Weekly News Roundup (June 4, 2017)
Welcome to another edition of the WNR. I’m going to wrap this one up in quick order because I just realised that I haven’t really played much with the Galaxy VR that I got with my Samsung S8+. I had a short play with it when I first got it, and found it to be quite immersive (scary at times), but have been far too busy to give it a go again. I know this isn’t really a good excuse not to do my work, but it is Sunday after all, so I hope you’ll forgive me.
So let’s get started.
Torrent sites are shutting down left and right, and most without any real explanation. The latest is the super popular ExtraTorrent, which shut down last week without any real explanations being given. The only real bit of information the site admin provided was the fact that all data, especially user data, have been deleted.
This bit of useful information didn’t stop other people from launching clones of the site, claiming that they had access to backups – all of these clones are either fakes or just skins over an existing site like The Pirate Bay.
The other existing sites were also caught by surprise, with a sudden surge of traffic after users started searching for alternatives. And there are lots of alternatives still left too, which just goes to show that trying to shut down torrent sites, or even if the torrent sites shut themselves down, won’t make an iota of difference when it comes to piracy.
Also not making a difference is DRM. The only DRM that managed to make a difference in recent times was Denuvo, even though it doesn’t call itself a DRM (an anti-tampering system that prevents existing DRM from being stripped). But Denuvo has come under increasing pressure from game cracking groups, who seems to have found the system’s Achilles heel.
Denuvo has updated their protection, now onto version 4, but it seems crackers are finding it easier and easier to crack Denuvo protected games. And it seems Denuvo may be getting desperate too. The most recent example involves the game RiME, a new innovative game from developers Tequila Works. It was probably not the best idea in hindsight, but the people behind the game openly suggested the game would be stripped of Denuvo if/when it becomes cracked. This was just the motivation the crackers needed, and they went to work quickly, with game cracker Baldman the first to crack the game only a couple of days after the developer’s announcement.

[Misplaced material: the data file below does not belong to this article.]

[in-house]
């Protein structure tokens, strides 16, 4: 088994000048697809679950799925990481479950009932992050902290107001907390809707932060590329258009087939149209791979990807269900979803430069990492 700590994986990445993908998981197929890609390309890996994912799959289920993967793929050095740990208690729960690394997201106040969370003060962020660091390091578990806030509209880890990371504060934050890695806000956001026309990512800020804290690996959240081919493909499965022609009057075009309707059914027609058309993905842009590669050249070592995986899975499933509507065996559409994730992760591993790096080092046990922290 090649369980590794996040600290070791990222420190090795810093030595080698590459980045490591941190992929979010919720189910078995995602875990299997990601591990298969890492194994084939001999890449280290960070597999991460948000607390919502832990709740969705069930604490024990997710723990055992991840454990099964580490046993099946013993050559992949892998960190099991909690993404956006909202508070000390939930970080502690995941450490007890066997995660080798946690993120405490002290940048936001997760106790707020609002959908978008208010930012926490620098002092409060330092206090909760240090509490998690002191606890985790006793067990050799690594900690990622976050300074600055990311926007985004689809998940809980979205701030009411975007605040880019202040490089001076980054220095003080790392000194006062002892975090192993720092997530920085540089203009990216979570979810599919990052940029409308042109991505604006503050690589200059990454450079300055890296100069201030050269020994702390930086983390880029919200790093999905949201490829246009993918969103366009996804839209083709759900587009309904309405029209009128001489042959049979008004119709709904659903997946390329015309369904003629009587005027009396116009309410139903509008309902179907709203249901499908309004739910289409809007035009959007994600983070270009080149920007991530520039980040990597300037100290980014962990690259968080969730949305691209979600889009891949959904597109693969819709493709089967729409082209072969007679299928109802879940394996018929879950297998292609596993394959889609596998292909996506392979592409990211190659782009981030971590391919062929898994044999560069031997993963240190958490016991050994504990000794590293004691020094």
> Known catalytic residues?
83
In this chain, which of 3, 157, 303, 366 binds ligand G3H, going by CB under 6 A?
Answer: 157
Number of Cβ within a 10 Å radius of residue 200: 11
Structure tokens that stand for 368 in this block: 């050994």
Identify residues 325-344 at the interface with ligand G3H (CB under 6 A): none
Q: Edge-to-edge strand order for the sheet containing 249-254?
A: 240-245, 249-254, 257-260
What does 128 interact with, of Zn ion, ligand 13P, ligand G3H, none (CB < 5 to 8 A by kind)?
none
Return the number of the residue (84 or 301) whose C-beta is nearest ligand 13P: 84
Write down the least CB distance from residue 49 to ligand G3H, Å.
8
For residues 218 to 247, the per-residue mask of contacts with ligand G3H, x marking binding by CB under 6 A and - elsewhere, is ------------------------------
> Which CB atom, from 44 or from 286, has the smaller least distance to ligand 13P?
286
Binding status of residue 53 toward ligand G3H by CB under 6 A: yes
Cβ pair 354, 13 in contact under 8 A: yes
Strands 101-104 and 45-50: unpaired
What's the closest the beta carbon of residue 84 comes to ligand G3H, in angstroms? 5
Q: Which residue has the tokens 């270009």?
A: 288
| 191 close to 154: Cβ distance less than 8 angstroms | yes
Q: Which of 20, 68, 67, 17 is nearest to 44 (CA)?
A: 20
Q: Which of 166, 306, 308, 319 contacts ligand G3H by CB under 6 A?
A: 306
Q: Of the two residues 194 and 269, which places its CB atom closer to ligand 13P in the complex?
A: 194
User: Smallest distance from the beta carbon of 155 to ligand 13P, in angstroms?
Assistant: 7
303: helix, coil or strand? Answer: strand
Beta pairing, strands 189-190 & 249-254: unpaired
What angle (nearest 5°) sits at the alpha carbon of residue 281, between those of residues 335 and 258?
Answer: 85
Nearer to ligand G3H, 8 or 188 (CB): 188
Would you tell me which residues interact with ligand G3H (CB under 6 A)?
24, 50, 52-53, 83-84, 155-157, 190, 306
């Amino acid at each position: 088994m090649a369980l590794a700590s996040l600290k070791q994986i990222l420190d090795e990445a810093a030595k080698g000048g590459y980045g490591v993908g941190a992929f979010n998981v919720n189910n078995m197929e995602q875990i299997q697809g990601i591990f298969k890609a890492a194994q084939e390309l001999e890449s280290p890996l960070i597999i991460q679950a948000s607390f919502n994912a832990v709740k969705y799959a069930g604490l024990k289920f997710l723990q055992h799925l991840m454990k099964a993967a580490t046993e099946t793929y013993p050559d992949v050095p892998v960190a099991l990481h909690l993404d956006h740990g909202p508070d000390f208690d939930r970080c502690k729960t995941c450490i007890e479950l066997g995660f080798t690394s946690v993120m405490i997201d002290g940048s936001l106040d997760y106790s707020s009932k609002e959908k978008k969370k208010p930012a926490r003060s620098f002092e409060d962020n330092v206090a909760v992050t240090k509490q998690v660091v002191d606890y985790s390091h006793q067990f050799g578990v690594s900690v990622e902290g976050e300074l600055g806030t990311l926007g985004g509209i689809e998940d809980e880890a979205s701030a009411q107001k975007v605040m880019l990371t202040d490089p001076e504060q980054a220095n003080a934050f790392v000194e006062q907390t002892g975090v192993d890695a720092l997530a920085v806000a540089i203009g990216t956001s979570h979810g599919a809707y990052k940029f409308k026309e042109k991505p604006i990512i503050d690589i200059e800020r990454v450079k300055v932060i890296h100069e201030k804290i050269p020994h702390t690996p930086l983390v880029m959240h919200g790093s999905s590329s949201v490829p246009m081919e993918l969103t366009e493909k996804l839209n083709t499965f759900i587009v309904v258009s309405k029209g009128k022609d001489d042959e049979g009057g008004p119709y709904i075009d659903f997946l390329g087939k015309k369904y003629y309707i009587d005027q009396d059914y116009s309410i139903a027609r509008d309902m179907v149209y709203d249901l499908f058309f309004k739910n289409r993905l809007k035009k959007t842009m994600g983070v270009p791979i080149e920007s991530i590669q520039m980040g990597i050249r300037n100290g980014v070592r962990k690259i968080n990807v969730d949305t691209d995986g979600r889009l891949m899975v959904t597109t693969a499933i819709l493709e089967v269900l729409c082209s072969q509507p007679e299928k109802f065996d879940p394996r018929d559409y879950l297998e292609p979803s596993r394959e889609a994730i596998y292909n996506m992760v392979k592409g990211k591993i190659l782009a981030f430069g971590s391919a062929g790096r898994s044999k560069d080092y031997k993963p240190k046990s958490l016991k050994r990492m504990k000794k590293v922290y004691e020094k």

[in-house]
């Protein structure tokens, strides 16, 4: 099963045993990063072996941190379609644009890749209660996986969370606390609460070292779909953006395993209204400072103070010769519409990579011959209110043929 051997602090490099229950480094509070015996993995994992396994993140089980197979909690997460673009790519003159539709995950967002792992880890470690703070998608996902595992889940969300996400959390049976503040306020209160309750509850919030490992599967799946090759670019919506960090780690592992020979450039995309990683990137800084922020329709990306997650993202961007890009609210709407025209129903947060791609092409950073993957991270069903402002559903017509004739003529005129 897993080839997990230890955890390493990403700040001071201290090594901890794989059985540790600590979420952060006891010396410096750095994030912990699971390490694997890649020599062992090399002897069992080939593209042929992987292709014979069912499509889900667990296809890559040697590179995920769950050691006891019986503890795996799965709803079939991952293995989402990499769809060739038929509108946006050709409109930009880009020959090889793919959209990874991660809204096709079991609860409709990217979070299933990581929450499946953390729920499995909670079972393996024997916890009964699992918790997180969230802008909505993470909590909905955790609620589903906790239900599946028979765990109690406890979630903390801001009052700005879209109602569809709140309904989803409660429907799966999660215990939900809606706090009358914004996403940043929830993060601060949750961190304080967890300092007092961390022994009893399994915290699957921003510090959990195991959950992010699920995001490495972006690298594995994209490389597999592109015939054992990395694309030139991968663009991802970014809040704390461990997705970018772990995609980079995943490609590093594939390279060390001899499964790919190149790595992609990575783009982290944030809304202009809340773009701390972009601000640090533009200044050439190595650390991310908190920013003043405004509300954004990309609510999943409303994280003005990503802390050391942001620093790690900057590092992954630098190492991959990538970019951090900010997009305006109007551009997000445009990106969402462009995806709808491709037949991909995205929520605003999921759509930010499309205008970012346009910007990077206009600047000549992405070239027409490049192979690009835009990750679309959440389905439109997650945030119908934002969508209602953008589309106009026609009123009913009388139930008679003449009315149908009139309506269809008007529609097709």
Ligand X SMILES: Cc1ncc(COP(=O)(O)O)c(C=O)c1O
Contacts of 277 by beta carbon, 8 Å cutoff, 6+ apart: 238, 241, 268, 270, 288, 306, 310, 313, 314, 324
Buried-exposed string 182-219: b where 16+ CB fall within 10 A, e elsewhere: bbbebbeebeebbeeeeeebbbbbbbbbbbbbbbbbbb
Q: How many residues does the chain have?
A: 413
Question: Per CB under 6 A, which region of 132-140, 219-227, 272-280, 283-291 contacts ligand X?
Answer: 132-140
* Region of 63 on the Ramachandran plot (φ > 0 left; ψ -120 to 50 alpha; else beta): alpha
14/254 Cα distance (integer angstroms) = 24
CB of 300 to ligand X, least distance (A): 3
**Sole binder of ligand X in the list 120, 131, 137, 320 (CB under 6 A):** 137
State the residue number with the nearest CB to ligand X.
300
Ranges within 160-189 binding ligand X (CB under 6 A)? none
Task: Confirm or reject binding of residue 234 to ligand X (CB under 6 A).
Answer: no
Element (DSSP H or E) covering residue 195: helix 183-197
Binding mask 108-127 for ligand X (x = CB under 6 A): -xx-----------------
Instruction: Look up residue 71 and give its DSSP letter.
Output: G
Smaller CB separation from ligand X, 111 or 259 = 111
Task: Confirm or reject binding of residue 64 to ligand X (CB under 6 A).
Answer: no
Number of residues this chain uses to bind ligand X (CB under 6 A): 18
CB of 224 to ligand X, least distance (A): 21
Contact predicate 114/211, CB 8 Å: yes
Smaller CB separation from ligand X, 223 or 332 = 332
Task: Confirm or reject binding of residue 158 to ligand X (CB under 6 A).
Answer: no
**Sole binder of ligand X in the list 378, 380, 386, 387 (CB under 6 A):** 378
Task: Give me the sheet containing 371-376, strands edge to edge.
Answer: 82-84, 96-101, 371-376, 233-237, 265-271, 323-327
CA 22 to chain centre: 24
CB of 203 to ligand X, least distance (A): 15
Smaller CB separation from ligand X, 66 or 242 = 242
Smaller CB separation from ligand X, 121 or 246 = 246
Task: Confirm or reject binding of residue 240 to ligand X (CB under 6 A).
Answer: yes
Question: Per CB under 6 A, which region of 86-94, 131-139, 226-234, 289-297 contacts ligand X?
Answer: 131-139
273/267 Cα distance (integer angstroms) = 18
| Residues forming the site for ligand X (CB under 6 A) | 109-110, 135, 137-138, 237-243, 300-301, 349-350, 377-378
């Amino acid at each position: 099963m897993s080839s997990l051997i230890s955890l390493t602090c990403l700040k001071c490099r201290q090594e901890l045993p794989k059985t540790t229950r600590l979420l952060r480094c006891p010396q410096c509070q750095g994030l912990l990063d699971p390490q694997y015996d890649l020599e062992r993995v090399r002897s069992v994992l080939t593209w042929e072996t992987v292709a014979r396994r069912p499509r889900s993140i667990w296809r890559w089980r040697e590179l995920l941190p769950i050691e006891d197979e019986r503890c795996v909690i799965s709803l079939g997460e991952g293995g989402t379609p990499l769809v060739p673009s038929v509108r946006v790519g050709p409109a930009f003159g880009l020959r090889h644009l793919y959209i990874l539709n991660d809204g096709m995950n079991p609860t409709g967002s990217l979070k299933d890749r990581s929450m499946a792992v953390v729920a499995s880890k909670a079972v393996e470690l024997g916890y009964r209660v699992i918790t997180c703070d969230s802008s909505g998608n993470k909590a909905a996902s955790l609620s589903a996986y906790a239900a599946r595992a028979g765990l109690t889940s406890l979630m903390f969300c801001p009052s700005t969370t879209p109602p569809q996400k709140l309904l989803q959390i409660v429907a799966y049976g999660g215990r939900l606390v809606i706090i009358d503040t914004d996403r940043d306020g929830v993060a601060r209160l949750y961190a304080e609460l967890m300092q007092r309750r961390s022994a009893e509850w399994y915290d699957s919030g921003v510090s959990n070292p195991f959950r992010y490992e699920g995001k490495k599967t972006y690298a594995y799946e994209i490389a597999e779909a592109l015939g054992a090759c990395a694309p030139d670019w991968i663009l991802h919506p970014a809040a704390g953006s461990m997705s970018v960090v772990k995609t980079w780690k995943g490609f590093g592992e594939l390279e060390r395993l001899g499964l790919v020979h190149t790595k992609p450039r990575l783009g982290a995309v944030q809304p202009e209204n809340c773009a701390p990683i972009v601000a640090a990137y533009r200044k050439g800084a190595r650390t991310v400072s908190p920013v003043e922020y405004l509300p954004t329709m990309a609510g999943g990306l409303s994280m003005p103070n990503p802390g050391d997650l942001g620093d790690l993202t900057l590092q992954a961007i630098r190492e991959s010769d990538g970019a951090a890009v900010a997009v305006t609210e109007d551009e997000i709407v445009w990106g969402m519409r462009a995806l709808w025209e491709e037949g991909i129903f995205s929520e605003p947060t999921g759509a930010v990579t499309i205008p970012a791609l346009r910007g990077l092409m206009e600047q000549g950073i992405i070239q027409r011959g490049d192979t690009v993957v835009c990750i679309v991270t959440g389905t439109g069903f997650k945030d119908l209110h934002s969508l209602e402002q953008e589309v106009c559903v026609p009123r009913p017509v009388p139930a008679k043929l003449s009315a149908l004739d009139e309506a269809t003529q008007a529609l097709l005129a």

What was more interesting was that during his cracking attempt, Baldman found that Denuvo has really upped the ante when it comes to protecting the game, to the point where it’s becoming kind of absurd. The way Denuvo works seems to be the placement of triggers within the game code. The Denuvo engine then checks for the presence of these triggers to detect if the game has been tampered with or not. Normally, Denuvo might do a trigger call every couple of minutes, but for RiME, Baldman found that Denuvo was issuing 20 to 30 calls every second. Talk about a performance hit!
To make it worse, the calls are obfuscated under a virtual machine in order to cover its tracks, which means there’s an even bigger performance hit. DRM (or an anti-tampering engine) is never worth it, but when it starts to affect performance like this (not just a slower game performance, there is also the extra stress being placed on your hardware), it’s simply unacceptable.
And true to their word, after they’ve confirmed that Baldman had indeed cracked the game wide open, the publishers of RiME promptly remove Denuvo protection from the game. I can imagine many game publishers are also now wondering in private if Denuvo is worth it or not. If it doesn’t protect games and make the experience worse for gamers, it becomes an easy choice for many, I think.
That’s it for this week’s nice and short WNR. See you next week!